God explains this fever dream to Ezekiel by saying that the bones are Israel in exile. Sure, they might be technically alive, but their spirits are dead. Their trust in the Torah and the Covenant dried up; their hope is lost. And in the same way that Ezekiel prophesied to those bones and to the winds, so too is he to prophesy to his people that God will open their graves and raise them up; God’s spirit will be within them and they shall live and be placed back home.
It’s possible that you have felt like a collection of these bones this past week, dry and dusty, hopeless and disconnected. And, quite frankly, that’s okay. I have more than a few times.
It’s okay to feel discouraged by the news. It’s okay to feel afraid for yourself and for others. It’s okay to feel worried about how you’re going to survive without a paycheck. It’s okay to feel exhausted and like you need to take a nap every once in a while. It’s okay to be sad about having to cancel a vacation.
There is no “correct” way to feel in the midst of all of this. We are still learning this new normal; we are figuring out what life looks like in the middle of all of this.
But yet there is still good news in the face of all of this: God is not finished with us.
On those days where you feel like a bag of bones, God is still beckoning the Spirit to revive us. On those days where you feel like you’re in the tomb with Lazarus, Jesus is calling to you from the other side of the stone. On those days where you feel like the life has been taken out of you, God is still working for your good; for our good. Regardless of where you are or how you feel in this very moment, God is working for your resurrection in this very moment.
Even when so much seems unknown on this day, we know who is alive and active, who is liberating and healing; who is with us. And when God is with us, there is another way to respond to the chaos that dominates our attention. We can respond from love rather than fear; out of hope rather than despair.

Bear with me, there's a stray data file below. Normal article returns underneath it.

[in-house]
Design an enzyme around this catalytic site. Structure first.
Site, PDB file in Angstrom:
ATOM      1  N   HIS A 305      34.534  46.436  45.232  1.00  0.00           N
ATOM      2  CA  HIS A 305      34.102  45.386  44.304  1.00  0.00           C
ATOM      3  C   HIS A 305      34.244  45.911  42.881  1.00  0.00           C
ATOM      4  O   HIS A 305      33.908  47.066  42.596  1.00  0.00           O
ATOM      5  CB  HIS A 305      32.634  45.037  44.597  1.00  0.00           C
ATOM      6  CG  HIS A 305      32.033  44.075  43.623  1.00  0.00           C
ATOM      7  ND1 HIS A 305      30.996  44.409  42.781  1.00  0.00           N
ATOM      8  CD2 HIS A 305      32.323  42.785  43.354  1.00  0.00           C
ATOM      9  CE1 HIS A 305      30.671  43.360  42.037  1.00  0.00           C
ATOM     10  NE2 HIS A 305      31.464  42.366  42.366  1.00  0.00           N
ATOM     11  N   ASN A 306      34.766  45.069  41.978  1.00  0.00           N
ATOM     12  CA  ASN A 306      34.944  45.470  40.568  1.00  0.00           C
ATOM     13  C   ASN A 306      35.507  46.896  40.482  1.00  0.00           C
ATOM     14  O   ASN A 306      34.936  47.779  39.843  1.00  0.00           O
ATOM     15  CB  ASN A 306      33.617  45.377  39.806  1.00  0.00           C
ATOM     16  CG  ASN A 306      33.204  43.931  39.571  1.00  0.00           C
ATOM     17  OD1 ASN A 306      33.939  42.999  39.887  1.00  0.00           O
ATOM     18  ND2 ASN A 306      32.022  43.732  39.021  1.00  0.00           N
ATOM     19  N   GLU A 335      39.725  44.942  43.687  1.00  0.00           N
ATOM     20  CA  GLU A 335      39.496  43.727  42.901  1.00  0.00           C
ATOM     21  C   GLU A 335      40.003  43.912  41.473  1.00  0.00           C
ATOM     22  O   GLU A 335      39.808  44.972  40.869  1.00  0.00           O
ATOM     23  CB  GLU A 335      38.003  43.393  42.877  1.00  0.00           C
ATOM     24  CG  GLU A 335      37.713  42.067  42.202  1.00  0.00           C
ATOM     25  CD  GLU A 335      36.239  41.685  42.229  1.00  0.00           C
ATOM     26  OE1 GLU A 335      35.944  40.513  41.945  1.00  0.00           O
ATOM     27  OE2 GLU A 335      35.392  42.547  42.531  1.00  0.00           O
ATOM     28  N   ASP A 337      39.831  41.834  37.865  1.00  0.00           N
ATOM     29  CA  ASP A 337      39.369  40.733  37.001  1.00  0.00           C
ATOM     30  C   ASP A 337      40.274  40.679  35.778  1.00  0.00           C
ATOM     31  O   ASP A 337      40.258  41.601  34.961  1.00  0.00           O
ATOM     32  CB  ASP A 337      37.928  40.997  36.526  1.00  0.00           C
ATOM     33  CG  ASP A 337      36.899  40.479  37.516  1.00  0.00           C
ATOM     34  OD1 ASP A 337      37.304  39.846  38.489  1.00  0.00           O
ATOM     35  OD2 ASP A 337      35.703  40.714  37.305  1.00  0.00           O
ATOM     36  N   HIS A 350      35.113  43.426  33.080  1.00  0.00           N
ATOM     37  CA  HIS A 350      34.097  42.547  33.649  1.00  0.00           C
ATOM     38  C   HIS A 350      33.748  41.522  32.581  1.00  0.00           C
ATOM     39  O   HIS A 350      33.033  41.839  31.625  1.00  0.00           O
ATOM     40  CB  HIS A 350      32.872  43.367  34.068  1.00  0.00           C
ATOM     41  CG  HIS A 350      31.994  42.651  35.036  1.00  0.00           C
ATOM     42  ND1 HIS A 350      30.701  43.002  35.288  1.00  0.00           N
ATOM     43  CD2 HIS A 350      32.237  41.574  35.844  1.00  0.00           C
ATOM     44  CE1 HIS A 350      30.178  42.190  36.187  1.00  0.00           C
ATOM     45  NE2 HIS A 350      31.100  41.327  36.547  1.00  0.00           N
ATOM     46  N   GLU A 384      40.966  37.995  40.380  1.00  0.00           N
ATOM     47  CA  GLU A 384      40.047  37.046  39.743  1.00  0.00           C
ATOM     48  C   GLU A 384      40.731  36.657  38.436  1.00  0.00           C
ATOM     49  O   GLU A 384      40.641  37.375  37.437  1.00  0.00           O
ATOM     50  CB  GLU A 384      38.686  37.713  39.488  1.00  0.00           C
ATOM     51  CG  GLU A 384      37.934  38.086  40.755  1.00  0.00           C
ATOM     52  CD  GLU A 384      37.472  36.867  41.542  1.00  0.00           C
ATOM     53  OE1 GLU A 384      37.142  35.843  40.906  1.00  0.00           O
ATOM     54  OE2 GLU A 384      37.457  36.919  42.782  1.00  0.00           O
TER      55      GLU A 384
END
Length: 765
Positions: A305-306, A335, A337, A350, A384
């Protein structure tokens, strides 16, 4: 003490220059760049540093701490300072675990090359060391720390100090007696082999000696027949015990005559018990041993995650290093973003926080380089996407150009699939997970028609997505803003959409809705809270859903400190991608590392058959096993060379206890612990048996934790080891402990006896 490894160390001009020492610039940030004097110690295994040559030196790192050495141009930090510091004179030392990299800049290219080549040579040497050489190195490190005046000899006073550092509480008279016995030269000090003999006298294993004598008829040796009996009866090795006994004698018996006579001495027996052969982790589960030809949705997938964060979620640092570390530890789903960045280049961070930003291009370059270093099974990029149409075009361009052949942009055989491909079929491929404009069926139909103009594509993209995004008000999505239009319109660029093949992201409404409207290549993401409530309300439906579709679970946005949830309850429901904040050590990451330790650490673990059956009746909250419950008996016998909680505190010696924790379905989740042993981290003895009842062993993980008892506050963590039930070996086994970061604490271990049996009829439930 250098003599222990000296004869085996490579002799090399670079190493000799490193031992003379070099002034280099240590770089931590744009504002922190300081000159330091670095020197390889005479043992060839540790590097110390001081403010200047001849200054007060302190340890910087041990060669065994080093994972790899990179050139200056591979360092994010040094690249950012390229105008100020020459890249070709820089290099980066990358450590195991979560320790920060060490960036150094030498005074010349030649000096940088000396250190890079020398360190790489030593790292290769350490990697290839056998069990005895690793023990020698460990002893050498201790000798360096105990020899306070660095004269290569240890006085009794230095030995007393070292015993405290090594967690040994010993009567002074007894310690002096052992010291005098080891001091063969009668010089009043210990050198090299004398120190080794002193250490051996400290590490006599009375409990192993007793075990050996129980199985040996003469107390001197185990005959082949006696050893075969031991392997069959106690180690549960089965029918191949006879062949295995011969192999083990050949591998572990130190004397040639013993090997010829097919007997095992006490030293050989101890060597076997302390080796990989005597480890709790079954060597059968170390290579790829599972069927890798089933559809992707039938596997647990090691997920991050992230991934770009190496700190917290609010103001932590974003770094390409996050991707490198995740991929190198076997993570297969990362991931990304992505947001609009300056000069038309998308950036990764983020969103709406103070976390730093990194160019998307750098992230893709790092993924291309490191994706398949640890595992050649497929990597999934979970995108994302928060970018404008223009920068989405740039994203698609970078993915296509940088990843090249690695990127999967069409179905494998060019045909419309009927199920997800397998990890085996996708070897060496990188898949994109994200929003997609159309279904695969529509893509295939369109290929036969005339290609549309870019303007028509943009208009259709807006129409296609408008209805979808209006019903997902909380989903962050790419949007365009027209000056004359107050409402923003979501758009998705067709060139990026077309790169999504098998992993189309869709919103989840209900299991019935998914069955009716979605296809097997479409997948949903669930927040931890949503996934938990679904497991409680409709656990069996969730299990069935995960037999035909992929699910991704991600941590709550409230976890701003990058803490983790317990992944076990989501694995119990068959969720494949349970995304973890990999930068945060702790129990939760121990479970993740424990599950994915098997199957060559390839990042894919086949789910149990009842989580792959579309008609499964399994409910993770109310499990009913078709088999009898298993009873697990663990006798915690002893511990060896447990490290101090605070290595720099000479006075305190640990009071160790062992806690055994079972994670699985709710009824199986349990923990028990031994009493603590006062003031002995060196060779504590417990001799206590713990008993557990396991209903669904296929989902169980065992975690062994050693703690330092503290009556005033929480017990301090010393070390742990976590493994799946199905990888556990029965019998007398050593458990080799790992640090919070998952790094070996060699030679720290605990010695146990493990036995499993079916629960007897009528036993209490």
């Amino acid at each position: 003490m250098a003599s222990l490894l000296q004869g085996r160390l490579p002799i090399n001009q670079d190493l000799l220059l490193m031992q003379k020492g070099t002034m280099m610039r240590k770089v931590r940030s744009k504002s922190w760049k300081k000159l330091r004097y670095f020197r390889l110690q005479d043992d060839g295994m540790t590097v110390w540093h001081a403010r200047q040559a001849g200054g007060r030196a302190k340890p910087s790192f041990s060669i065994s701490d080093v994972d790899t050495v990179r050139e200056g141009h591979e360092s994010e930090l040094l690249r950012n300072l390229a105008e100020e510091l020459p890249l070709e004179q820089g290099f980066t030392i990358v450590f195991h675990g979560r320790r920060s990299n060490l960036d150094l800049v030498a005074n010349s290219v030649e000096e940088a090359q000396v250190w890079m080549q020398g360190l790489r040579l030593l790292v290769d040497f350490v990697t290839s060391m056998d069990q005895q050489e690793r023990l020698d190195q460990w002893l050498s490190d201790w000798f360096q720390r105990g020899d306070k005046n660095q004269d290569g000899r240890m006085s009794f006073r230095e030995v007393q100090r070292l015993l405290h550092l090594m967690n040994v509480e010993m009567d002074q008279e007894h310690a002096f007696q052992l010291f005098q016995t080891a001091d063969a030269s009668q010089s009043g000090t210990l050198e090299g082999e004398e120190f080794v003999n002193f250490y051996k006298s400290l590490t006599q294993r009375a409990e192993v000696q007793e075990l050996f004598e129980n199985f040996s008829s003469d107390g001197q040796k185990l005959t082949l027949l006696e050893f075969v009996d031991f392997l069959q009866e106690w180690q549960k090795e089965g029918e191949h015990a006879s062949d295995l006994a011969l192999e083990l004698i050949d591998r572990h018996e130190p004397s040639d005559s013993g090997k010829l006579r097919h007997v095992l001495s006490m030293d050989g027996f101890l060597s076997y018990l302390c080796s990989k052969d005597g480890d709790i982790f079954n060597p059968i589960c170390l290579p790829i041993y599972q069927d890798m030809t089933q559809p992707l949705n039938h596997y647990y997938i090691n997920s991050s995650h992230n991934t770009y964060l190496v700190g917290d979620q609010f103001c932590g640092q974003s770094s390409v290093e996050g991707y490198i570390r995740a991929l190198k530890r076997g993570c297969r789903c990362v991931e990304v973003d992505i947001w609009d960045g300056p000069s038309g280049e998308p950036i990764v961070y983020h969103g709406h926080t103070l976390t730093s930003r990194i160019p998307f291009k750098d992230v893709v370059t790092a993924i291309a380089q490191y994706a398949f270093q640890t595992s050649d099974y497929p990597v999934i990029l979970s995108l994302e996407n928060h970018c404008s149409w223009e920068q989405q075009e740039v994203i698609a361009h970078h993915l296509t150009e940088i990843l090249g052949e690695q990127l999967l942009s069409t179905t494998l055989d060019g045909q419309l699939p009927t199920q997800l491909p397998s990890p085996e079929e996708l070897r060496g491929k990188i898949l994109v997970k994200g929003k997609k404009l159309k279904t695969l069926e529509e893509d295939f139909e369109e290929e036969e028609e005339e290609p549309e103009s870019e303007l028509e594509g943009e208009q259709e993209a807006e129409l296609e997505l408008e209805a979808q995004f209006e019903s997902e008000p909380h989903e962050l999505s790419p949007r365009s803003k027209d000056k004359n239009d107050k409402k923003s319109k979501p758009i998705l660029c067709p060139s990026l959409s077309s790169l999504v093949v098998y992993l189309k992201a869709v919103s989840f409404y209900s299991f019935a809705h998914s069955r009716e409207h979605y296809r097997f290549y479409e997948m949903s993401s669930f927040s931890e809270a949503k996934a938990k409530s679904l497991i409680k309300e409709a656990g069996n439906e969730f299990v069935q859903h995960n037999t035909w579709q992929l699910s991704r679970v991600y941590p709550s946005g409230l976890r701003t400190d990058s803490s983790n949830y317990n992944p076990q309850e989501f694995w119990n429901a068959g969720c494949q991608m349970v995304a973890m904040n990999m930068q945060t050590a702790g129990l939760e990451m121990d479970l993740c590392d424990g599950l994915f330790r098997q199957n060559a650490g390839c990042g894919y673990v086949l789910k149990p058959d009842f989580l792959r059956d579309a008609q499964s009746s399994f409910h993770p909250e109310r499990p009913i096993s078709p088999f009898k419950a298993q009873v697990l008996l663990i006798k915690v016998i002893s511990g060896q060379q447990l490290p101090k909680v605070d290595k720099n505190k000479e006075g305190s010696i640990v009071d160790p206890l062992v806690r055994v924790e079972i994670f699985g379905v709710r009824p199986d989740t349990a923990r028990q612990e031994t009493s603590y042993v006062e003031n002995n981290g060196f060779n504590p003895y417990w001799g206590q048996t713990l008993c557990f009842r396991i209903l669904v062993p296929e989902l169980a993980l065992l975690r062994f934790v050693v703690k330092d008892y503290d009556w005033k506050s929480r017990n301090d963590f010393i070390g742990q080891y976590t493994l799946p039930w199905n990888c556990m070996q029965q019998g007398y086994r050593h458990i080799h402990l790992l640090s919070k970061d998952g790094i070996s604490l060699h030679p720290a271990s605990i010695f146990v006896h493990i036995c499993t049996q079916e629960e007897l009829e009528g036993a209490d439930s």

For while I don’t know exactly how I’ll feel tomorrow, I know that I am going to wake up in God’s grace and fall back asleep in God’s grace. I do not know when I will get to see friends and loved ones in person again, but I do know that they are being held in God’s mercy in the meantime. I do not know when we will gather back here on a Sunday morning, but I know that the Spirit of God is abiding with each and every one of us in this very moment.
And I know that can make all the difference.
So this morning I pray that you may take a look around you and act out of that love and that hope. Maybe it means checking in on a friend or family member who you have not heard from in a while; maybe it means turning off the news for a while. Perhaps it’s taking the time to do some cleaning to make yourself feel healthier; perhaps it’s ensuring that you’re taking whatever steps are necessary for your mental health; maybe it’s finding time for prayer that has been missing. I’m certain that it means staying home for the sake of your own health and the health of all of those around us.
After all, it is still Lent, which means that we still have some work to do. And while we may not know what all the next few weeks are going to bring, we do know that Resurrection morning is still coming.
Thanks be to God.